Thanks, G
 

Offline JP

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Do we really know how magnetism works?
« Reply #11 on: 16/12/2009 21:13:02 »
Just my 2 cents, expanding on what SS mentioned, magnetism is classically a force generated by moving charges.  In relativity, since the laws of physics shouldn't depend on how fast you're moving, the magnetic force can be explained as part of a combined electromagnetic force that works to keep the forces the same whether you're moving or not--hence why it's created by moving charges.  Quantum mechanically, this electromagnetic field is modeled by field theory, which uses photons as the basic elements of the field.  So in some sense, the most fundamental explanation we have of the force is by using photons.  The quantum model of the electric field is one of the most accurate physical models we have as far as agreement with experiment.

A big difference between gravity and electromagnetism is that gravity is only attractive and electromagnetism is both attractive and repulsive.  There isn't evidence of "anti-gravity" and I don't think many physicists are considering it seriously.  I'm not an expert, but I've heard it said that it's partly due to this fact that its hard to come up with a quantum mechanical gravitational theory. 
 

Offline Farsight

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Do we really know how magnetism works?
« Reply #12 on: 16/12/2009 23:27:17 »
Do we really know why Magnetism works?
I believe some of us do, but that it's not yet accepted as mainstream physics.

There is a similarity between Magnetism and Gravity. Both attract under certain conditions. Although some have said that we have Negative Gravity, I do not believe anyone has ever proven it. Like poles in Magnetism repel each other? Opposite poles in Magnetism attract each other. Why?
There certainly some similarity between magnetism and gravitomagnetism, but I'd say there not so much similarity between gravity amd magnetism. I know of no negative gravity either. Anti-gravity can be thought of as being the result of two opposing gravitational forces which cancel to zero, as at a Lagrangian point, but this isn't the same as negative gravity.

Does Magnetism do any work. I believe it does. Is it possible that there is some connection between Gravity and Magnetism? Both are intriguing topics to me. Thanks for comments.
I'd say magnetism can do work, but a magnet stuck to the underside of a steel bridge isn't doing any work. I'd also say there is no major connection between gravity and magnetism, but that magnetism is merely one aspect of electromagnetism, and gravity does have an electromagnetic basis. I feel I can explain all the forces in adequate detail, but since it isn't yet mainstream physics, doing so would create issues, so I won't volunteer it.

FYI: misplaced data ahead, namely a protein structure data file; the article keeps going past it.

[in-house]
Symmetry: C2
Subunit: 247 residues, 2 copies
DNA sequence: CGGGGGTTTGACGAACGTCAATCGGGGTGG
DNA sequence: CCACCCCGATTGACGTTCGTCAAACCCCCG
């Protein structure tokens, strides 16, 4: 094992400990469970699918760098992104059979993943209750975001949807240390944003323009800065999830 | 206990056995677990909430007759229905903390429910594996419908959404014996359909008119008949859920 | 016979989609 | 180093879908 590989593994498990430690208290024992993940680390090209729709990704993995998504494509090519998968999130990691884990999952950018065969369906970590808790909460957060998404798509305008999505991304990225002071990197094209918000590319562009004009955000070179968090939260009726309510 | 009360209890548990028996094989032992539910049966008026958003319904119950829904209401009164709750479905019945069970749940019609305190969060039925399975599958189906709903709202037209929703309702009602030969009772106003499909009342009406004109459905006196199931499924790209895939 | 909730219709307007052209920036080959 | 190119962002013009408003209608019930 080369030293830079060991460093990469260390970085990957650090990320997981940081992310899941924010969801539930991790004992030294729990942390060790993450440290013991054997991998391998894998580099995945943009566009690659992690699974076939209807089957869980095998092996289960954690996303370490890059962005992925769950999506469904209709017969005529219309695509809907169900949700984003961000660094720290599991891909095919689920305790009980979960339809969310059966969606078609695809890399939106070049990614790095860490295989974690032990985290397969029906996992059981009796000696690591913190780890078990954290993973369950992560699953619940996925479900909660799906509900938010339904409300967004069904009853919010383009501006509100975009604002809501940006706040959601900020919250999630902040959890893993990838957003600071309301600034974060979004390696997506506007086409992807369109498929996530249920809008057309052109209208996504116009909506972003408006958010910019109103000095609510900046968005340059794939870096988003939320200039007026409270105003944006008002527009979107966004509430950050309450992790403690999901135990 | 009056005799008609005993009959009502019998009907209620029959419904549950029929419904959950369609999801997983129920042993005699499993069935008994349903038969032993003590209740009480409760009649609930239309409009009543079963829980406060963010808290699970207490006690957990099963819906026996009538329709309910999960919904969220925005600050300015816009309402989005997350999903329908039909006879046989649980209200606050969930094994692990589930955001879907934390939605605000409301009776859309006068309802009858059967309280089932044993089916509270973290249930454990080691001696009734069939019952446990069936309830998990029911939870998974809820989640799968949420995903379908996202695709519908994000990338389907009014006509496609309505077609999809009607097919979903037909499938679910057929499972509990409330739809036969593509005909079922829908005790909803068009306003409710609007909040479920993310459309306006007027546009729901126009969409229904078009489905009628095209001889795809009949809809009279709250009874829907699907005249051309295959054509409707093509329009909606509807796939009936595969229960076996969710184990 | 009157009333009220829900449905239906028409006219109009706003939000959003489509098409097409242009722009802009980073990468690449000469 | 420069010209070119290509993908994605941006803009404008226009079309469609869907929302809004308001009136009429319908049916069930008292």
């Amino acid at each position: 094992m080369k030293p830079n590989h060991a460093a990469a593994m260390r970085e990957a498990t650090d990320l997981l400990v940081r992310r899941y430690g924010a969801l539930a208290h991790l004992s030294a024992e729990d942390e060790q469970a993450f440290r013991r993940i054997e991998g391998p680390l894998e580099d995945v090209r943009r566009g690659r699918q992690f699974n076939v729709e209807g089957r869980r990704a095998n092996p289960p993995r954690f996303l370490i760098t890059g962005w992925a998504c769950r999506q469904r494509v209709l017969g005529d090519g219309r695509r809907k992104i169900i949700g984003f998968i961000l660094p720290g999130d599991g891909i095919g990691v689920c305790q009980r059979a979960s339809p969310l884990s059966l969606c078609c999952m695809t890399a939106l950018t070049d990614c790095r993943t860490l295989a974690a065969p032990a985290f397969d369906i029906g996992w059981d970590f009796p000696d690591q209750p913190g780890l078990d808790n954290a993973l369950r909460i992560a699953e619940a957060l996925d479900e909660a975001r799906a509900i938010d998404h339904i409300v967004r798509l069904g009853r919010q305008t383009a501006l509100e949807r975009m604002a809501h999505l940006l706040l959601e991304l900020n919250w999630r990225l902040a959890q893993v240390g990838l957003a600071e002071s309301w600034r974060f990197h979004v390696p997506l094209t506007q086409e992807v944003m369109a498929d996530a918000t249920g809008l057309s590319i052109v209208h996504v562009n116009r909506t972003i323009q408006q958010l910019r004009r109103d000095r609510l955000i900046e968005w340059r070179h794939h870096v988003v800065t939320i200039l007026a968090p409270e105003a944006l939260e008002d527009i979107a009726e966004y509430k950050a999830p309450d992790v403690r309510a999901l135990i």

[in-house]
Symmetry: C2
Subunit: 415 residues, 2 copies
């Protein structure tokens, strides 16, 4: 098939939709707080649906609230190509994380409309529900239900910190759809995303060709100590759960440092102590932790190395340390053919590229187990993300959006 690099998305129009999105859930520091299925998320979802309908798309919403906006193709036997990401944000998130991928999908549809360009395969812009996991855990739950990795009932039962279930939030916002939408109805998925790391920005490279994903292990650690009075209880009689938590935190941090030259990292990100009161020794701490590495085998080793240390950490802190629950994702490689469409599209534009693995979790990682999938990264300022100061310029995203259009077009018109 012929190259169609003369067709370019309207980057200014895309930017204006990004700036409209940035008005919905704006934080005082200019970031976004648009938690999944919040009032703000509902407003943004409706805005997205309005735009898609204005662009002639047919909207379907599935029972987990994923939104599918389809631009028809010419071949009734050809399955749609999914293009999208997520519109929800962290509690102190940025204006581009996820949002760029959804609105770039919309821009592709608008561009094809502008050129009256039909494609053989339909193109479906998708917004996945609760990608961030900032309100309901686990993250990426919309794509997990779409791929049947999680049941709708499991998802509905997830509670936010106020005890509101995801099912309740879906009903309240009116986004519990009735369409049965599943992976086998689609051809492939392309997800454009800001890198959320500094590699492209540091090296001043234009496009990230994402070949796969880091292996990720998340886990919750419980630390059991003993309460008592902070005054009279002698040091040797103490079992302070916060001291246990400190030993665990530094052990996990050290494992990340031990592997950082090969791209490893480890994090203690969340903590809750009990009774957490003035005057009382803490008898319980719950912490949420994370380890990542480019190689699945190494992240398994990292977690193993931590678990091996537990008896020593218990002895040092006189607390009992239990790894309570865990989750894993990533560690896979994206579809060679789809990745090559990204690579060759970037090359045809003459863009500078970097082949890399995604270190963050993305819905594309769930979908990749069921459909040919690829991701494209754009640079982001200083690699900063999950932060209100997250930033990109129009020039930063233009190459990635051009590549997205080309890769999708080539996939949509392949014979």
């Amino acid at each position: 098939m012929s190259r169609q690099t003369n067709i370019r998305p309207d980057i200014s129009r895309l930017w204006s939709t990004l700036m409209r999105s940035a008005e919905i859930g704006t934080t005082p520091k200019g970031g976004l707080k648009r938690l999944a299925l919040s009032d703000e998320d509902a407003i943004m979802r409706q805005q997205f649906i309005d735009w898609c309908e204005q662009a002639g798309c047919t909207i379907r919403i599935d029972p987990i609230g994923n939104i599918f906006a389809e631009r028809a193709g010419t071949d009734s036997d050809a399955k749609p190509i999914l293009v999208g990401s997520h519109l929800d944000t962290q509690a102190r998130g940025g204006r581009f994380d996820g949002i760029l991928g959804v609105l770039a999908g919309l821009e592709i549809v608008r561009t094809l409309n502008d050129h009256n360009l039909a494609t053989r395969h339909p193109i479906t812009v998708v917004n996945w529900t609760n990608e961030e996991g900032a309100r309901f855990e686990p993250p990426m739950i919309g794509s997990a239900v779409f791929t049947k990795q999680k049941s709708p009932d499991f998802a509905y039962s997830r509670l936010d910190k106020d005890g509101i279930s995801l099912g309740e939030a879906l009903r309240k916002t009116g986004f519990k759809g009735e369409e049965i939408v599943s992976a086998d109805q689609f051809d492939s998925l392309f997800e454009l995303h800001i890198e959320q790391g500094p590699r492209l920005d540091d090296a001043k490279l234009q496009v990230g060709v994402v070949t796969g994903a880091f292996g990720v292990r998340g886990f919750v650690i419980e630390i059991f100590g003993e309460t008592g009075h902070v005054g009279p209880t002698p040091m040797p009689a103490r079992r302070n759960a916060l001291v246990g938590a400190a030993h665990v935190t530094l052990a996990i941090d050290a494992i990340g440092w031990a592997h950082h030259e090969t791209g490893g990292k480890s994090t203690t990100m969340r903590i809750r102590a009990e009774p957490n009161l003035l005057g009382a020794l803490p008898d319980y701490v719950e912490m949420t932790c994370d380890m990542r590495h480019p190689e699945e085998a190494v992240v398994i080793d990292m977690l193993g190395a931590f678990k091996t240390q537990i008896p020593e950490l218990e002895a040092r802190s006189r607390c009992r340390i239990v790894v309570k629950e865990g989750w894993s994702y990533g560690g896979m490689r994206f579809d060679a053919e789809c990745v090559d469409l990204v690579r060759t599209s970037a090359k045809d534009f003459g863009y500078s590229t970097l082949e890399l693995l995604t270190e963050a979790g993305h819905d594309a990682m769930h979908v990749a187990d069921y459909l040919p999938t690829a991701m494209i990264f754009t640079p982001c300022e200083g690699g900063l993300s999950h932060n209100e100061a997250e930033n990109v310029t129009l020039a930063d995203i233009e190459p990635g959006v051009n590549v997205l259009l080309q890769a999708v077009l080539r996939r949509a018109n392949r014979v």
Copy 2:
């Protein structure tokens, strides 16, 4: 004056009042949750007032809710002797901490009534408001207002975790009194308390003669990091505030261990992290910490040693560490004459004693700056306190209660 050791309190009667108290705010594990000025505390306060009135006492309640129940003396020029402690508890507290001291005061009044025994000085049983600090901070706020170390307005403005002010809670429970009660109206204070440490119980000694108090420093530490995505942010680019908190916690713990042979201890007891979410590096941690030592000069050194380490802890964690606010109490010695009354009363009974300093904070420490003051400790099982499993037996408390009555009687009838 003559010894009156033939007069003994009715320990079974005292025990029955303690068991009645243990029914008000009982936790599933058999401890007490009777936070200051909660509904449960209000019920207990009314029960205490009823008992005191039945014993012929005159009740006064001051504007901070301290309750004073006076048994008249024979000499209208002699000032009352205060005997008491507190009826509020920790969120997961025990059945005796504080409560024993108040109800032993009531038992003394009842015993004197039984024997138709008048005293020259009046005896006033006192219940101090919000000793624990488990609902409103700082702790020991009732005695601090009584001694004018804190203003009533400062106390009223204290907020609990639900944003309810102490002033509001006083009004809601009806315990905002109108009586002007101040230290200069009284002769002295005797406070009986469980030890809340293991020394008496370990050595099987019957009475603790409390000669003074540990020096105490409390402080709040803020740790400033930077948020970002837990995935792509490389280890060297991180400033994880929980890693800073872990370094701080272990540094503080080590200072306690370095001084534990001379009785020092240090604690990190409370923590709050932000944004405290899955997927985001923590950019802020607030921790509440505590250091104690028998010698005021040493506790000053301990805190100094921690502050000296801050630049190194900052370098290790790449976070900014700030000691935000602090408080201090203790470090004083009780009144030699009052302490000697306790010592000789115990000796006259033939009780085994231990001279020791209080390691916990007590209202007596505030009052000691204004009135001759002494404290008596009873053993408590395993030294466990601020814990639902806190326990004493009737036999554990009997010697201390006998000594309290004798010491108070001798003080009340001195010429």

Offline Joe L. Ogan

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Do we really know how magnetism works?
« Reply #13 on: 16/12/2009 23:38:42 »
A magnet stuck to the underside of anything is holding itself from dropping.  Is that not work?  Just asking.  Joe L. Ogan
 

Offline Geezer

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Do we really know how magnetism works?
« Reply #14 on: 17/12/2009 00:23:16 »
A magnet stuck to the underside of anything is holding itself from dropping.  Is that not work?  Just asking.  Joe L. Ogan

Joe, not according to the classic definition of work. The magnet is responsible for producing a force that attracts the magnet to, say, a steel plate. Work is only done by the magnetic force if something is displaced by that force.

When the magnet is moved close enough to the steel plate that it pulls itself onto the plate, work is done by the magnet on the mass of the magnet for that short distance, but as long as the magnet remains attached to the plate, no work is being done and no energy is being expended.

 

Offline Farsight

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Do we really know how magnetism works?
« Reply #15 on: 17/12/2009 00:23:16 »
No Joe. It can stick there forever. See wiki where it says "work is the amount of energy transferred by a force acting through a distance". Nothing's moving, so whilst the force is there it doesn't go the distance, hence no work.
 

Offline Joe L. Ogan

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Do we really know how magnetism works?
« Reply #16 on: 17/12/2009 00:39:22 »
A magnet stuck to the underside of anything is holding itself from dropping.  Is that not work?  Just asking.  Joe L. Ogan
OK, I understand you.  According to the definition of work , no work is being done.  But, If I am holding myself up to the steel, I sure feel that I am doing work.  But I am not arguing the definition.  Thanks, Joe L. Ogan

Joe, not according to the classic definition of work. The magnet is responsible for producing a force that attracts the magnet to, say, a steel plate. Work is only done by the magnetic force if something is displaced by that force.

When the magnet is moved close enough to the steel plate that it pulls itself onto the plate, work is done by the magnet on the mass of the magnet for that short distance, but as long as the magnet remains attached to the plate, no work is being done and no energy is being expended.


 

Offline Joe L. Ogan

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Do we really know how magnetism works?
« Reply #17 on: 17/12/2009 00:42:39 »
No Joe. It can stick there forever. See wiki where it says "work is the amount of energy transferred by a force acting through a distance". Nothing's moving, so whilst the force is there it doesn't go the distance, hence no work.

OK. I understand your definition.  But, If I am holding myself up against the steel, I feel sure that I am doing some work in spite of the definition.  But I do understand. Thanks, Joe L. Ogan
 

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Do we really know how magnetism works?